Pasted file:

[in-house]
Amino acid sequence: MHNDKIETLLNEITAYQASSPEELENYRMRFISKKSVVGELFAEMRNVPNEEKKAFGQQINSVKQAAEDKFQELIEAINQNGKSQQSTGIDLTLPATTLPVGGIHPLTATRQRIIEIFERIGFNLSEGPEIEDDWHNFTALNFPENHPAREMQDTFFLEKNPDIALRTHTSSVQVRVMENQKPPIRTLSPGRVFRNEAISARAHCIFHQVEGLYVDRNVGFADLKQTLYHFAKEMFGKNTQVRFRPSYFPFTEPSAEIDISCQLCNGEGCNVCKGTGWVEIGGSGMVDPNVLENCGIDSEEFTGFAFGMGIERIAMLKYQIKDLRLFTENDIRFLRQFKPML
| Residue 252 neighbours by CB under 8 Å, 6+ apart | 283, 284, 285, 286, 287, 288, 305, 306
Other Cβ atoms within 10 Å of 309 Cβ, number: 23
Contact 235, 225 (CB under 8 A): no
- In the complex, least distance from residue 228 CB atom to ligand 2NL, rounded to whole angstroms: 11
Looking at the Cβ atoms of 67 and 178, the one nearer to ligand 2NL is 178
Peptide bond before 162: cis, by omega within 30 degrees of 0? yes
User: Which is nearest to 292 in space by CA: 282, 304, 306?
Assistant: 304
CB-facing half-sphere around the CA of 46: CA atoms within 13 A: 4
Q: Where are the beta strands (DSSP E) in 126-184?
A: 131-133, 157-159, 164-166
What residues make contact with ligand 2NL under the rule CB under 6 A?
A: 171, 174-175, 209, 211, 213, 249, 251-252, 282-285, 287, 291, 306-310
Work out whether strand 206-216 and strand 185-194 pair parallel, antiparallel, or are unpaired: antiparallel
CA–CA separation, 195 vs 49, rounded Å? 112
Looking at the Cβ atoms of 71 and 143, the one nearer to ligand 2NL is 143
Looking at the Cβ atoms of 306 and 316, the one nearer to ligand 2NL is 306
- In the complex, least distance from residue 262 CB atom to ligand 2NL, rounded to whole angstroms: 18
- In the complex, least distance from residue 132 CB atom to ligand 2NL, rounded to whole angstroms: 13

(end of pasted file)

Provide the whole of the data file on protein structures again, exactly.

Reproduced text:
[in-house]
Amino acid sequence: MHNDKIETLLNEITAYQASSPEELENYRMRFISKKSVVGELFAEMRNVPNEEKKAFGQQINSVKQAAEDKFQELIEAINQNGKSQQSTGIDLTLPATTLPVGGIHPLTATRQRIIEIFERIGFNLSEGPEIEDDWHNFTALNFPENHPAREMQDTFFLEKNPDIALRTHTSSVQVRVMENQKPPIRTLSPGRVFRNEAISARAHCIFHQVEGLYVDRNVGFADLKQTLYHFAKEMFGKNTQVRFRPSYFPFTEPSAEIDISCQLCNGEGCNVCKGTGWVEIGGSGMVDPNVLENCGIDSEEFTGFAFGMGIERIAMLKYQIKDLRLFTENDIRFLRQFKPML
| Residue 252 neighbours by CB under 8 Å, 6+ apart | 283, 284, 285, 286, 287, 288, 305, 306
Other Cβ atoms within 10 Å of 309 Cβ, number: 23
Contact 235, 225 (CB under 8 A): no
- In the complex, least distance from residue 228 CB atom to ligand 2NL, rounded to whole angstroms: 11
Looking at the Cβ atoms of 67 and 178, the one nearer to ligand 2NL is 178
Peptide bond before 162: cis, by omega within 30 degrees of 0? yes
User: Which is nearest to 292 in space by CA: 282, 304, 306?
Assistant: 304
CB-facing half-sphere around the CA of 46: CA atoms within 13 A: 4
Q: Where are the beta strands (DSSP E) in 126-184?
A: 131-133, 157-159, 164-166
What residues make contact with ligand 2NL under the rule CB under 6 A?
A: 171, 174-175, 209, 211, 213, 249, 251-252, 282-285, 287, 291, 306-310
Work out whether strand 206-216 and strand 185-194 pair parallel, antiparallel, or are unpaired: antiparallel
CA–CA separation, 195 vs 49, rounded Å? 112
Looking at the Cβ atoms of 71 and 143, the one nearer to ligand 2NL is 143
Looking at the Cβ atoms of 306 and 316, the one nearer to ligand 2NL is 306
- In the complex, least distance from residue 262 CB atom to ligand 2NL, rounded to whole angstroms: 18
- In the complex, least distance from residue 132 CB atom to ligand 2NL, rounded to whole angstroms: 13